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But He Never Hit Me: The Emotional Side of Abuse

I can see the tides beginning to shift as topics like coercive control and emotional abuse gain traction in the national discourse. It's about time. But there's still a whole lot of people in abusive relationships who haven't yet recognized that they're in one because...he never hit me.




They know something is terribly wrong and this person that is supposed to love them makes them feel small and unimportant. They know this person gets angry so easily--especially after a few drinks. They know this person will use their body (not their hands because that would be crossing the line) to physically intimidate or even force them out of the house. But he never hit me.


They've seen this person punch holes in walls, or go on screaming tirades that only ever end when the recipient acquiesces to their demands or agrees with their point. They've listened over and over again about how sensitive they are or how "I never said that" or "that's not what I meant". But he never hit me.


They've been in the car with this person, driving erratically on a winding dirt road, with their kids in the back seat, while he laughs at their fear and drives faster. They've been in the car doing 80mph on the highway while they peck out a text message on their phone, constantly taking their eyes off the road and telling them to "relax, I'm good at this". But he never hit me.


They've been at a 4th of July party where the adults got drunker and drunker and they asked them to stop drinking and to stop shooting fireworks at the people standing in front of the mobile home with your kids inside sleeping. "You're no fun" (and also didn't stop). So they went inside to lay down with the kids because if/when a fire broke out, they'd be able to either get them out, or die together. But he never hit me.


And all of these things happen alongside all of the regular stuff...cooking dinner, the laundry, taking the kids to school, grocery shopping...and it just kind of becomes normal. Maybe it would be easier if they did hit you? Then you'd have something concrete to tell people about why you were making the decision to break up your family.


Physical abuse is right there in the open. You can't deny bruises on the outside or question whether it is real or whether what caused the bruise really happened. The evidence is right there. Emotional abuse doesn't leave visible bruises, unfortunately. But that doesn't mean it's not harmful. In fact, one could make the argument that it can be even more harmful in the long term.


As previously stated, I do believe the tide is turning and society as a whole is doing a better job of talking about and recognizing emotional abuse. The point that I'm trying to make is that the damage caused by prolonged emotional abuse is insidious. It creeps up on you and causes far more damage than you realize initially. The behavior patterns and thought processes that you learn as a coping mechanism for living with an emotionally abusive partner can take years to unlearn or recognize--especially if the relationship was a long one.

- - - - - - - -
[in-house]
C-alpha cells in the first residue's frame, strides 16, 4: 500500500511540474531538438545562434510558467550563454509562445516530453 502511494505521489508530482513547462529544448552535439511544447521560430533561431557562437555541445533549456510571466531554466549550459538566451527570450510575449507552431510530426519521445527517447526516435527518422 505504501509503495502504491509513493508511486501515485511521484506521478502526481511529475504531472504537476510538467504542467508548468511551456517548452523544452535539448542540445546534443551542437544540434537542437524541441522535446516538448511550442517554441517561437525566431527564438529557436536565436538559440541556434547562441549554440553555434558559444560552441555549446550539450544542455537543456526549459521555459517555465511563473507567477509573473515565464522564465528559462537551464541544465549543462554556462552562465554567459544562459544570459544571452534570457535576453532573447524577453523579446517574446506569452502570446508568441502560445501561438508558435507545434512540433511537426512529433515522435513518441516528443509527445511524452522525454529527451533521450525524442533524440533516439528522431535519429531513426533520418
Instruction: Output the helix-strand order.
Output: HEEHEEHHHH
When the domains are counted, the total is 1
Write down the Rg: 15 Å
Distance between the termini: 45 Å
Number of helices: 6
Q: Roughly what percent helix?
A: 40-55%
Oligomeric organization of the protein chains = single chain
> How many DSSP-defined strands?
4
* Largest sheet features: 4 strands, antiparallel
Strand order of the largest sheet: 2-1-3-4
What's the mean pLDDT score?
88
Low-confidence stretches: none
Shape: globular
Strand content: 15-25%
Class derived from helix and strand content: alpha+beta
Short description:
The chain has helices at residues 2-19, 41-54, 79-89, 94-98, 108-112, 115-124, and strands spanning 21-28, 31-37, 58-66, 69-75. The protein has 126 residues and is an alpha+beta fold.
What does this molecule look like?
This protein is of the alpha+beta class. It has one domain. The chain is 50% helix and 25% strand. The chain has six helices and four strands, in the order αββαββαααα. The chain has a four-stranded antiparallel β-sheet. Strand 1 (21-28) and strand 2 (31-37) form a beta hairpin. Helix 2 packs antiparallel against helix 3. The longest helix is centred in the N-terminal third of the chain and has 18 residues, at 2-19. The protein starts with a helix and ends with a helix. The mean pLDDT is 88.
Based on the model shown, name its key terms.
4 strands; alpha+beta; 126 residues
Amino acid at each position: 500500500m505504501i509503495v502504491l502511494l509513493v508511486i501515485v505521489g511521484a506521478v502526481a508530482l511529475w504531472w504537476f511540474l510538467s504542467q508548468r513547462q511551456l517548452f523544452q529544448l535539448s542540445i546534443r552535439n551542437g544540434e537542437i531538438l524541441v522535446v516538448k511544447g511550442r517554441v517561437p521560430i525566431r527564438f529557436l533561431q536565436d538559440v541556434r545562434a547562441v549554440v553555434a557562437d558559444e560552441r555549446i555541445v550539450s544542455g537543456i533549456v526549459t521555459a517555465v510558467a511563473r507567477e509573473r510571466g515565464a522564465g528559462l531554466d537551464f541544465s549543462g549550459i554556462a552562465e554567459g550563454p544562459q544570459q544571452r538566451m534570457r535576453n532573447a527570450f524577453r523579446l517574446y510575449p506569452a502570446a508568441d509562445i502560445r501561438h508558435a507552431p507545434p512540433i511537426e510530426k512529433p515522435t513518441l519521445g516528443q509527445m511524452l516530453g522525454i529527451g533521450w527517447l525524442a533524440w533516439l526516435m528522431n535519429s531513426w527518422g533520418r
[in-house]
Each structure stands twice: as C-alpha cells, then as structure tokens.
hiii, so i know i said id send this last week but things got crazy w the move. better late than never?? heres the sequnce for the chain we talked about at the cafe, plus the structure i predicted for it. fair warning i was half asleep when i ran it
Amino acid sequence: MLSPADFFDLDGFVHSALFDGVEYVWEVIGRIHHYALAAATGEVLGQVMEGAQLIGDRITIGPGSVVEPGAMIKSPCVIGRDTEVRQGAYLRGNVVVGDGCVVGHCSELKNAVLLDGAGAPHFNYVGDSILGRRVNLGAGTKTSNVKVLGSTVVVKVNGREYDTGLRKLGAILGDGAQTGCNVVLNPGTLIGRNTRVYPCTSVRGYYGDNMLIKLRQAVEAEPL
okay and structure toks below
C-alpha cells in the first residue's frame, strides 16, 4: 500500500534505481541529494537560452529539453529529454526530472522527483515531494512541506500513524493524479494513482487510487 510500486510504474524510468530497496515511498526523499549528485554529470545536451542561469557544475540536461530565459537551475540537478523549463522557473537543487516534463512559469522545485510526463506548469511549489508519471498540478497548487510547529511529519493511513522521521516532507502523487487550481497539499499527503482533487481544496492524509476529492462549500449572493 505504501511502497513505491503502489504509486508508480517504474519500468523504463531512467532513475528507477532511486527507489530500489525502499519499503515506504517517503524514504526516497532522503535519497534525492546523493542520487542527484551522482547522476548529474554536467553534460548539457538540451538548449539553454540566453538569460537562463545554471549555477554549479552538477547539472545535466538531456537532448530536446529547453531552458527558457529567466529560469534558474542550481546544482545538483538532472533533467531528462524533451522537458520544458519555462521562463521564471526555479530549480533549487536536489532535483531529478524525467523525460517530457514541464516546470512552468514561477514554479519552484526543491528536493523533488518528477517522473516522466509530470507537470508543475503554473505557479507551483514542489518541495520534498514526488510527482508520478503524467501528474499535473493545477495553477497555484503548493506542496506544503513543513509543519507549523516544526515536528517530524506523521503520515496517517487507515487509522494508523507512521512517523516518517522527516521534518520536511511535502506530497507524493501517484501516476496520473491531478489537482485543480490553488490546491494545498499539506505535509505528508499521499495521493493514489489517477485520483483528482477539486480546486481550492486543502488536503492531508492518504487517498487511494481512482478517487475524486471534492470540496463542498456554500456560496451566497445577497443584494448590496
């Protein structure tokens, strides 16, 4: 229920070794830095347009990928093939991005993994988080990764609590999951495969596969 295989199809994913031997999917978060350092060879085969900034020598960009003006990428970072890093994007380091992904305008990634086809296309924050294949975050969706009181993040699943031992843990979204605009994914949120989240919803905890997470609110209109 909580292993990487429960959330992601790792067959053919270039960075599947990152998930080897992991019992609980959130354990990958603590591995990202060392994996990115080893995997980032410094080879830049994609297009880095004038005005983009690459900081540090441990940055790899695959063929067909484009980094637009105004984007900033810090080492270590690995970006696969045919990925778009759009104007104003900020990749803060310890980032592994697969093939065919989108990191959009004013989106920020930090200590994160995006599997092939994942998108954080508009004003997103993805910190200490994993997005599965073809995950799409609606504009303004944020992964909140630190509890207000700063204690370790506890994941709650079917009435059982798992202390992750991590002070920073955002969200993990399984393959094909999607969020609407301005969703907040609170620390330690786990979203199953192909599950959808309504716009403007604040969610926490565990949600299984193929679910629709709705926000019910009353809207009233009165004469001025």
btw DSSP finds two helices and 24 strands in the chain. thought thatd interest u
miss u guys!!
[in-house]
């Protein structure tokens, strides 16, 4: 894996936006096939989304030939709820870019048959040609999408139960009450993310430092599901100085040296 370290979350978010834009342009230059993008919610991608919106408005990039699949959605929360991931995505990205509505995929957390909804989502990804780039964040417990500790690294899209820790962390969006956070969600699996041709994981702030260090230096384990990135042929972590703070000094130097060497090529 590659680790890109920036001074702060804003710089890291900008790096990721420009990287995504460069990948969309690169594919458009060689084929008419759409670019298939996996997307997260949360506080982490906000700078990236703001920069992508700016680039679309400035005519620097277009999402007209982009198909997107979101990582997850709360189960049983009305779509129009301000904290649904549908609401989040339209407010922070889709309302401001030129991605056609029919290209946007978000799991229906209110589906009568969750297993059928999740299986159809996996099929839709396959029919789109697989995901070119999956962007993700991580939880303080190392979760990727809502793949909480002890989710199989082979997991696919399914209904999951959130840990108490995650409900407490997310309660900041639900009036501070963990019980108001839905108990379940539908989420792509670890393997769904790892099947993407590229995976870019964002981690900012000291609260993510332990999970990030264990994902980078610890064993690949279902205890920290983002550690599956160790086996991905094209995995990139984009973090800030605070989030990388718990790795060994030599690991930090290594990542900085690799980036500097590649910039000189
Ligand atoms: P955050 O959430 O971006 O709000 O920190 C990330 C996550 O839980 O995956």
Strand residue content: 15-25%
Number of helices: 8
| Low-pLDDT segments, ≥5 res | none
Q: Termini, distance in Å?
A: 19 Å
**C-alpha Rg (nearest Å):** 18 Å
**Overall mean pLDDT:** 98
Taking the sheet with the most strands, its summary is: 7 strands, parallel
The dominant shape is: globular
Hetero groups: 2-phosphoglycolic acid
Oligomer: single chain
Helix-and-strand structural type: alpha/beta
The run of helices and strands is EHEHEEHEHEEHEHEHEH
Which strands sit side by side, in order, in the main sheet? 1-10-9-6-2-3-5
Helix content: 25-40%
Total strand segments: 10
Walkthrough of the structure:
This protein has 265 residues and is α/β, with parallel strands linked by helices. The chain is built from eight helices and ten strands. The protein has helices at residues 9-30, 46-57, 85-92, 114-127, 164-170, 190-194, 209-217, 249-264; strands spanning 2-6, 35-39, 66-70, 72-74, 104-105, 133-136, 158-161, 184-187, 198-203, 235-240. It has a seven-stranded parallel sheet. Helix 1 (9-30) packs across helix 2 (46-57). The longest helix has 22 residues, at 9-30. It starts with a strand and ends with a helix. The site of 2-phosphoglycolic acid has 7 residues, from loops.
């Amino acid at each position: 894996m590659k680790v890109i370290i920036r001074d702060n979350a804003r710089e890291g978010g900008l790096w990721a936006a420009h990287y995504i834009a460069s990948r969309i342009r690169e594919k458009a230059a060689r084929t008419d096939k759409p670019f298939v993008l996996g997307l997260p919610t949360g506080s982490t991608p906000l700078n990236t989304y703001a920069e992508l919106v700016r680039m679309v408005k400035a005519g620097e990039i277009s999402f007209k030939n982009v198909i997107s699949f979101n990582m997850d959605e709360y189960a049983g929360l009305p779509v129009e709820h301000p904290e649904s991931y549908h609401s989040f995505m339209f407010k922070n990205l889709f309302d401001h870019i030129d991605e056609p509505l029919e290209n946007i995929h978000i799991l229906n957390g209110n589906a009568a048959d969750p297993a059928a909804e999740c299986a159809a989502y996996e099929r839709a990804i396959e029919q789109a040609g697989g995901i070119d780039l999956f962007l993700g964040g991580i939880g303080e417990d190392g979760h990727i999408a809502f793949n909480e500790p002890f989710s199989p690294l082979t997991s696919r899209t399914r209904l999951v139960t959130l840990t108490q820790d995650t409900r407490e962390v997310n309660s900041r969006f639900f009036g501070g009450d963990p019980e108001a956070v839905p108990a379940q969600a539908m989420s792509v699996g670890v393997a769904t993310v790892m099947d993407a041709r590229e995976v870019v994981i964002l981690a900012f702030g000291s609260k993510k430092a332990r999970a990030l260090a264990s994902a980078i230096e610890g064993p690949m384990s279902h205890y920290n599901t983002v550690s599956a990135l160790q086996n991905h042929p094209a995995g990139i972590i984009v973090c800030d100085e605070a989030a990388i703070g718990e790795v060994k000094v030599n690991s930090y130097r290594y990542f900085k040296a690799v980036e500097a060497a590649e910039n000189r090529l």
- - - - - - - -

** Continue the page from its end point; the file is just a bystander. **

It's important to recognize that our kids are also witnessing and experiencing the abuse. They're in the back seat--they hear you begging them to please slow down--they think it's fun as the car slides all over the road. They're laughing along and learning that it's fun to poke at someone's fear or do things to push someone's buttons. And as they grow, they'll also be at the receiving end of the abuse. They'll get the lectures, the harsh criticisms, the "you're too sensitives" and the "that's not what I saids". But he's not hitting them.


I don't want this to be all doom and gloom. In addition to the increased dialogue about emotional abuse, there are increased resources all over the interwebs. Understanding the physiology that happens in our brains and bodies when we experience repetitive or prolonged abuse can go a long way towards reversing some of the damage. When you can recognize where something came from or understand why your brain responds to certain stimuli in a certain way, it gives you some space to make different choices and create new, healthier patterns--healing.


I highly recommend the book What Happened to You? : Conversations on Trauma, Resilience, and Healing by Dr. Bruce Perry and Oprah Winfrey. It also makes a great audio book and really does read/listen like a conversation. It's written for everyone--not just scientists or psychiatrists and spells out in very easy to understand language the ways that prolonged exposure to abuse or neglect, especially as young children, impacts our neural pathways and automatic responses to certain stimuli.


My takeaways for today? Just because you weren't hit, doesn't mean you weren't abused. Emotional abuse is at least as damaging as physical abuse and perhaps even more damaging in the long term--especially for children that grow up in emotionally abusive environments. Understanding can open the door to real change. Healing is a journey--a process that never really ends.


And if you happen to be reading this and you're still in an abusive relationship, maybe one day you'll find yourself in front of a marriage counselor, who after the first session will hand you a book titled "The Emotionally Abusive Relationship" and you'll think "That's weird". But then you'll go through a checklist of indicators and think "Oh wait..." And nothing will ever be the same. Even if he never hit you.




As a Certified High Conflict Divorce Coach, I can help you with taking those first steps to leave an abusive relationship. You don't have to do it alone. Contact me to schedule a free 20 min consultation.


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